Five Niche Beauty Pageants (That Make Standard Pageants Look Less Crazy)
In many parts of the world, beauty contests are a really common affair, so much so that it’s become difficult to distinguish one pretty lady in a sash and shiny gown from another. However, that’s not the case with the following contests, which are unique for their premise, execution or even their definition of beauty. Maybe these contests are a refreshing twist on an old formula. Or maybe they’re simply weird.
Some people find beauty pageants to be shallow and demeaning to women. They believe that these contests only warp society’s view of what a woman is or should be, and do more harm than good. Chances are those people probably wouldn’t care for Miss Artificial Beauty.
The idea was born in 2004 when a contestant in a Chinese beauty pageant was disqualified because she had undergone several cosmetic surgeries. Rather than take this as a lesson in the true meaning of what it means to be beautiful, she attempted to sue the pageant organizers, only to have her case thrown out in court. After hearing about this plight, a kind hearted soul realized the country’s growing fixation with plastic surgery was ripe for exploitation (Chinese men and women spend over two-billion dollars annually) and organized the first pageant where plastic surgery was a requirement. Mao would be proud if he weren’t a presumably beautiful corpse.
Contestants were required to provide documentation of the procedures they had undergone. Contestants competed in several categories including best body, biggest change and best personality. The category of Best Media Image was awarded to a sixty-two year old woman and a transsexual. The winner of Miss Plastic Surgery, a woman named Feng Qian, netted six-thousand dollars worth of prizes… probably less than a third of what she spent to qualify.
According to those video tapes behind the beaded curtain at your local video store, nuns are practically sexual deviants waiting for the first chance to shed their clothes to show you the love of Christ (wink, wink). Of course, anyone who’s spent five minutes in the real world can tell you that notion isn’t true. In fact, popular culture tends to present nuns as, well, uneasy on the eyes.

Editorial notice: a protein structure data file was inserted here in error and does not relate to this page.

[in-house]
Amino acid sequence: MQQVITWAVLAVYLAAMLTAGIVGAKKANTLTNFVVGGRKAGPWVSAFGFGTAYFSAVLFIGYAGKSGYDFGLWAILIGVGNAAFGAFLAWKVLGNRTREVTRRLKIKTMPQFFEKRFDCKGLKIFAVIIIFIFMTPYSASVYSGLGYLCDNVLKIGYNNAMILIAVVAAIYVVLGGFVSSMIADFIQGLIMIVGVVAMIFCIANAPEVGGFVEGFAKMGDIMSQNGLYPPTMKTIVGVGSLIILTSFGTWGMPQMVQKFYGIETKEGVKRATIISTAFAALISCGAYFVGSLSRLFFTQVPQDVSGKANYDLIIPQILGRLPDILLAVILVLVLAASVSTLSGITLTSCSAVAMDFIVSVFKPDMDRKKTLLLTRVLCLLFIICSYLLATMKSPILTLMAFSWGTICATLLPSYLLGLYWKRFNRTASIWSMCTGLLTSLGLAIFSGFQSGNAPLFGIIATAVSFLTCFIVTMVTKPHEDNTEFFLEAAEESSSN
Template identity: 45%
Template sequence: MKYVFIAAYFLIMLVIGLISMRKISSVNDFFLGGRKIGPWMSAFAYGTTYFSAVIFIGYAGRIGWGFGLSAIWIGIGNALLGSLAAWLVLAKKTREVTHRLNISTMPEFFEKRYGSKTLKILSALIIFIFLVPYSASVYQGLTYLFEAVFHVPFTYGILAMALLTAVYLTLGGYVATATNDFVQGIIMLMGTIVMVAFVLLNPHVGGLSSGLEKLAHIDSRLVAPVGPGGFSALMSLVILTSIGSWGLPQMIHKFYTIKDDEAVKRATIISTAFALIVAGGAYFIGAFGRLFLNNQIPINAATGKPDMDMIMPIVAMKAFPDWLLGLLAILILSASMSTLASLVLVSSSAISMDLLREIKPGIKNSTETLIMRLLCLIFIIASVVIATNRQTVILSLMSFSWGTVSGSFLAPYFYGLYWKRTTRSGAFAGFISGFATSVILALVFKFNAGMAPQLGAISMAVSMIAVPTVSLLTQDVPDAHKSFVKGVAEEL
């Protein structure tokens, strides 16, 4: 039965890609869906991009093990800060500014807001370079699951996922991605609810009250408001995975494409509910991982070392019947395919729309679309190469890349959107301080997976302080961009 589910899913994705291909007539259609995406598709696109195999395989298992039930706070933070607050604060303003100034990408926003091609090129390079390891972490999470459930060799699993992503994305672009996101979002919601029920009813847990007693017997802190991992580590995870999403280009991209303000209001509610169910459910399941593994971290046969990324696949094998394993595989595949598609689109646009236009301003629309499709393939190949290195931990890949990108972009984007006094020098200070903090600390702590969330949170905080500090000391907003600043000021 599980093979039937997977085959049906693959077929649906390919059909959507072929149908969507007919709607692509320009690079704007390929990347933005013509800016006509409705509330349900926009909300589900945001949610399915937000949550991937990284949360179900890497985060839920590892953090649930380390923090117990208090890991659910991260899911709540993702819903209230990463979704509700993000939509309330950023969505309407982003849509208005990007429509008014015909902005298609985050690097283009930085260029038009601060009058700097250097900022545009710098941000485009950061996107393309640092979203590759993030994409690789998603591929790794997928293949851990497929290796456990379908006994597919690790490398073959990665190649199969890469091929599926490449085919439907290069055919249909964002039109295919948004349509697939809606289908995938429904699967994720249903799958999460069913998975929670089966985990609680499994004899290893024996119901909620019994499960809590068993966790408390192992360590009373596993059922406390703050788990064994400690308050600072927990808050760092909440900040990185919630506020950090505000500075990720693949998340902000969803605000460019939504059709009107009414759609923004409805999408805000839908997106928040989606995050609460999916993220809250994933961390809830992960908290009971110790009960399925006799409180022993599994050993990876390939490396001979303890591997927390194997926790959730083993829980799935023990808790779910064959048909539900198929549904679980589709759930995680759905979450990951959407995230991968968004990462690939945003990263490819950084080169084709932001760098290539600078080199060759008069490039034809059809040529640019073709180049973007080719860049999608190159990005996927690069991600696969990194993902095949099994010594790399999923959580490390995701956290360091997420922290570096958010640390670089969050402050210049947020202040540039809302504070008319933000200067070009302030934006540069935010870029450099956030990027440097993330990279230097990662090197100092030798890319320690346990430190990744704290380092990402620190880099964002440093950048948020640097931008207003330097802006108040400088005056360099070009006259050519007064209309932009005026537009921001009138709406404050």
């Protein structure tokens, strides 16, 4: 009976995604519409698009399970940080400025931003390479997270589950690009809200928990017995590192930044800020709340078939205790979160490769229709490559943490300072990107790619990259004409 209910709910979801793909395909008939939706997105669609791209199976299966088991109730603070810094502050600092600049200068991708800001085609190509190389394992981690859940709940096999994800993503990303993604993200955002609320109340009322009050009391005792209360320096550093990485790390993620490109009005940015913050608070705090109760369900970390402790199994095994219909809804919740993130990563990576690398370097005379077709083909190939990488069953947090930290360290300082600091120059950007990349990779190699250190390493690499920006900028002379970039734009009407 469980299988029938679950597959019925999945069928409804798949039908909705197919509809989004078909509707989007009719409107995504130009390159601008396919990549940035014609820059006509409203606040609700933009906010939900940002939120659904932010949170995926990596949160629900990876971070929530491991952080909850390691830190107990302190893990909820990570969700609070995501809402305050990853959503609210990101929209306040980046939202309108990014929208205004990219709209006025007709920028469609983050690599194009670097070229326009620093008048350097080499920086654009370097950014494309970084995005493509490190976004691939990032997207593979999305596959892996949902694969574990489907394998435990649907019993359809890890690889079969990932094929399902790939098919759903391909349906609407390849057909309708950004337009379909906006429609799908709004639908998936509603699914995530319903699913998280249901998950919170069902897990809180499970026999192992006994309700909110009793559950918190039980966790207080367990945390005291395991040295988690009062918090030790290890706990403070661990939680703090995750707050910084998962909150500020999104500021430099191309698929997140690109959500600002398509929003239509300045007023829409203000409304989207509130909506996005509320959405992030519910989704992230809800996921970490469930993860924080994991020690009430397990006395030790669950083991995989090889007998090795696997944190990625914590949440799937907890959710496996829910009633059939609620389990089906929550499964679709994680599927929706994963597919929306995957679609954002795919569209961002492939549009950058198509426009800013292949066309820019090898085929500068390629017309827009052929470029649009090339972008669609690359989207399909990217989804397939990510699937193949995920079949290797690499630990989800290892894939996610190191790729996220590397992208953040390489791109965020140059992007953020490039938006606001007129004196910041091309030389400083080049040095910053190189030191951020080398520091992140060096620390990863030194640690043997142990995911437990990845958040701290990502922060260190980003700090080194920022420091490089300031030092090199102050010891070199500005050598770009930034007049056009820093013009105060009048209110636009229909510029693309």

Father Antonio Rungi of Italy hoped to change the perception of nuns with a pageant of his own design. Originally planned to run on his blog, the Miss Sister 2008 competition would pit nuns against one another to determine who had the most inner beauty, gauging attributes such as social awareness, charity, spirituality and other similarly humdrum categories. Once posted on the blog, these profiles would be voted on by the nun-enthused public which totally exists somewhere, we guess.
From the get-go, Father Rungi wanted to ensure the focus of the pageant wasn’t physical. Despite this, some people still took offense at the idea. Rungi fielded calls of criticism from local priests, bishops and even the Association of Catholic Teachers to which Rungi belonged. Ultimately the pageant was cancelled and the world must still wander in the darkness of not knowing which nun is indeed the most beautiful.
Most beauty pageants focus on fitness as a means to gauge beauty. Thailand decided to take it in another direction with the Miss Jumbo Queen competition, which is exactly what it sounds like: a quest to find the most beautiful large women in the country. If you’re thinking this is at all progressive, just wait.
The pageant was introduced to the world in 1997 as an addition to the Samphran Elephant Ground and Zoo’s Jumbo Banquet. Before the inclusion of the pageant the banquet’s main feature was a feast for the zoo’s elephants comprised of tons of fruit and veggies. Naturally, the only possible follow up to this was a beauty pageant for people who avoid those things.
Miss Jumbo Queen is crowned based on her ability to exhibit the characteristics of an elephant. Most people wouldn’t care to be compared to nature’s Marlon Brando but what the judges are really looking for are grace, elegance and size. To meet that last requirement the only women allowed to participated are large-framed. Aside from this, the contestants vary as much as those in a more traditional contest. Since its inception, the Miss Jumbo Queen has become an annual event, crowning a new champion every year and striking anger into the hearts of anorexic beauty queens the world over. Tiny, hungry queens.